Mississippi Gov. Haley Barbour (R) shocked the political world Monday by announcing he will not run for president in 2012.
"I will not be a candidate for president next year," he said in a statement. "This has been a difficult personal decision."
The two-term governor and former Republican National Committee chairman was showing all the telltale signs of an impending campaign – traveling to key early primary and caucus states, hiring staff, raising money for his political action committee. And if Governor Barbour had opted to run, he could have called in chits from Republicans all over the country, not only from his RNC days but also from his time more recently as chairman of the Republican Governors Association.
Barbour’s talent as a shrewd political operator and prolific fundraiser are the stuff of high admiration in Republican Party circles. Within Mississippi, he is credited with using his lobbying skills to good effect with a legislature dominated by Democrats. Barbour also won high marks for his handling of hurricane Katrina in 2005, which devastated the Mississippi coast.
But securing his party’s presidential nomination was never going to be easy, even in a field of Republicans that has yet to generate much excitement. Barbour’s thick drawl and Deep South identity would have been a difficult sell outside the South. He compounded the “southern challenge” himself with comments he made last December about civil rights and white “Citizens Councils.”
In an interview with the Weekly Standard, Barbour gave credit to the Citizens Council in his hometown of Yazoo City, Miss., for keeping the Ku Klux Klan away. But after an outcry over what some people construed as support for the segregationist actions of such councils, Barbour walked back his comment. He called Citizens Councils “totally indefensible, as is segregation.”
Another element of Barbour’s résumé – his years as a K Street lobbyist, including for Big Tobacco – would have made him a tough sell among the populist tea party movement, which is leery of anyone too close to the Washington establishment.
But political analysts cite another factor when considering Barbour’s decision not to run for president: his family. When his wife, Marsha Barbour, said in a TV interview in Mississippi last month that the personal sacrifice her husband would have to make to run for president “horrifies her,” that set off alarm bells for people who know the Barbours.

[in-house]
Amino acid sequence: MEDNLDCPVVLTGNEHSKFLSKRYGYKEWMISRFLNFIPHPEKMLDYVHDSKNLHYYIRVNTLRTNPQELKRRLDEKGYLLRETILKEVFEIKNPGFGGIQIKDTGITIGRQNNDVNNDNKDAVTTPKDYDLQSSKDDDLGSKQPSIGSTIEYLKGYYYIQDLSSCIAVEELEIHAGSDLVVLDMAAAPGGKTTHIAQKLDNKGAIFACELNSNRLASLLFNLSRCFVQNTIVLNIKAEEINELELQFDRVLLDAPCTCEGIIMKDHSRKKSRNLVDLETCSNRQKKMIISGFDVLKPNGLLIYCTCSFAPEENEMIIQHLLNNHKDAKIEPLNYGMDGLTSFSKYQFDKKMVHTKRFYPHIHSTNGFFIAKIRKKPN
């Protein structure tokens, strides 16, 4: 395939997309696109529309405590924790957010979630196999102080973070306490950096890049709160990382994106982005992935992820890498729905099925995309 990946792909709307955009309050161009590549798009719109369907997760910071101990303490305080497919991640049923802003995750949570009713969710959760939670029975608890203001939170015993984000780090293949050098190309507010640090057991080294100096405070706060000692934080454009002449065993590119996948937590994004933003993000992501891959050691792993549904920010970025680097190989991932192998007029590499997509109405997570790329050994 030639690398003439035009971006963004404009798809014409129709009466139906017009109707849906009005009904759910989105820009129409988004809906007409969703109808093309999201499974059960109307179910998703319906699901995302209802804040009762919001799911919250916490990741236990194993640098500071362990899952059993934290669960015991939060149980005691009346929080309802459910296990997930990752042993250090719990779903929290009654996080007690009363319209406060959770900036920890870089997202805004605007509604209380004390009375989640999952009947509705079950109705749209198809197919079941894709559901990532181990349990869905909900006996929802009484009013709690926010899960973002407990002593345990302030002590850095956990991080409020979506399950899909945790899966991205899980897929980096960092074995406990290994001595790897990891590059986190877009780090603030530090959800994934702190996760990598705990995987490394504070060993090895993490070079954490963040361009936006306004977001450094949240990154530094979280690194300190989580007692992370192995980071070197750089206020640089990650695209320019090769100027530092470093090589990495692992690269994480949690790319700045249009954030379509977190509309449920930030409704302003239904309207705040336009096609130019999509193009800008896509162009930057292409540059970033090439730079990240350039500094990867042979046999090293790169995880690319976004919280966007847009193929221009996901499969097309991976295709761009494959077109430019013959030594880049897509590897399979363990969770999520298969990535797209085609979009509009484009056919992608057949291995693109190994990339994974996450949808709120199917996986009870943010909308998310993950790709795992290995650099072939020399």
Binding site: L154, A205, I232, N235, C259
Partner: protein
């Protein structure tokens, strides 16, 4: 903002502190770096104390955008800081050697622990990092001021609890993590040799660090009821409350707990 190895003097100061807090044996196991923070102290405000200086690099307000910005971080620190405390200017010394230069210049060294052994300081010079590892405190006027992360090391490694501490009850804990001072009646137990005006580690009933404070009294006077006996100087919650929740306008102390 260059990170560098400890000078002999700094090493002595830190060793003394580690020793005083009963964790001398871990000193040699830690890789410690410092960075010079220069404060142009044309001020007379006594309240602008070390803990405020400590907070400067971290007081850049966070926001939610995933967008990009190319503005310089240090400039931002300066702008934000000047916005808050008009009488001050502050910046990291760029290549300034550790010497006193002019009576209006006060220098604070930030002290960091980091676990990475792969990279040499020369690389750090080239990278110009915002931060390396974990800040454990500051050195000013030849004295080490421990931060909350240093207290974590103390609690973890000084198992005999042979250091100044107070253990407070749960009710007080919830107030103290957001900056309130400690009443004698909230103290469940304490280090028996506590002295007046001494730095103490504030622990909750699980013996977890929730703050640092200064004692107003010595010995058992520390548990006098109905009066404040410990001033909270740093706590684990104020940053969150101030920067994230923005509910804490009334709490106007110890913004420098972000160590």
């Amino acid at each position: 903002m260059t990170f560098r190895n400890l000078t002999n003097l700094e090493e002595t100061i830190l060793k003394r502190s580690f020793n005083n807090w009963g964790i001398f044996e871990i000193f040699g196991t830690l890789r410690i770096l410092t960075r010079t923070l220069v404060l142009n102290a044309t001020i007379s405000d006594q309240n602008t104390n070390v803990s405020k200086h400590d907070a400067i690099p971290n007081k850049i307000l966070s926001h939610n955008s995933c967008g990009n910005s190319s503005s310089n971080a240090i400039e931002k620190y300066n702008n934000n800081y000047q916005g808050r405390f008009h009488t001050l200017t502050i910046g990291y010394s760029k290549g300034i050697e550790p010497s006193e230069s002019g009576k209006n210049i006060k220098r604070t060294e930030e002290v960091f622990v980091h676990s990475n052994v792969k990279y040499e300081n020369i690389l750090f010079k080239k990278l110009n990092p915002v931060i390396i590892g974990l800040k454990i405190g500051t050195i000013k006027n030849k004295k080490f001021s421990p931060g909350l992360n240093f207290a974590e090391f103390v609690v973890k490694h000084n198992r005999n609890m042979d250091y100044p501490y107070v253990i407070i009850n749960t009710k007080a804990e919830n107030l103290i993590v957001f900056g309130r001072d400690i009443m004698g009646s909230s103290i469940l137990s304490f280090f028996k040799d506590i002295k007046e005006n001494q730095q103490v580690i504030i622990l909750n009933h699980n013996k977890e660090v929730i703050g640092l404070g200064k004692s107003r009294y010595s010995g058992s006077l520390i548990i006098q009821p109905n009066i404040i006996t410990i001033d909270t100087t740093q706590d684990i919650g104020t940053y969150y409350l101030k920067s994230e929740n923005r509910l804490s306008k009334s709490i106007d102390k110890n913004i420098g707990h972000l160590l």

“There is nobody that Haley loves more – not even politics – than Marsha,” says Ford O’Connell, chairman of the conservative Civic Forum PAC.
Barbour’s departure from the nascent 2012 presidential race is widely seen as benefiting two former governors already in the field with exploratory committees: Mitt Romney of Massachusetts and Tim Pawlenty of Minnesota.
But if Governors Romney and Pawlenty and Barbour were seen as the top three prospects for the nod to challenge President Obama, the removal of Barbour’s name from that list opens up more room at the top.
Former Arkansas Gov. Mike Huckabee – as yet hanging in the wings, not playing the “exploring” game yet – may look more enticing than ever to Republicans who like his charming blend of social conservatism and executive experience. Another name still in the wings with top-tier potential is that of Indiana Gov. Mitch Daniels, who has said he would make an up-or-down announcement soon, when his state’s legislative session ends.
A handful of other Republicans have already announced: Former Godfather pizza CEO Herman Cain and former Louisiana Gov. Buddy Roemer have formed exploratory committees. Former New Mexico Gov. Gary Johnson announced a full-fledged presidential campaign last week.
The most flamboyant “explorer” of all, billionaire Donald Trump, has said he will announce the date of his presidential announcement – yea or nay – on the season finale of his reality show, “Celebrity Apprentice,” on May 15.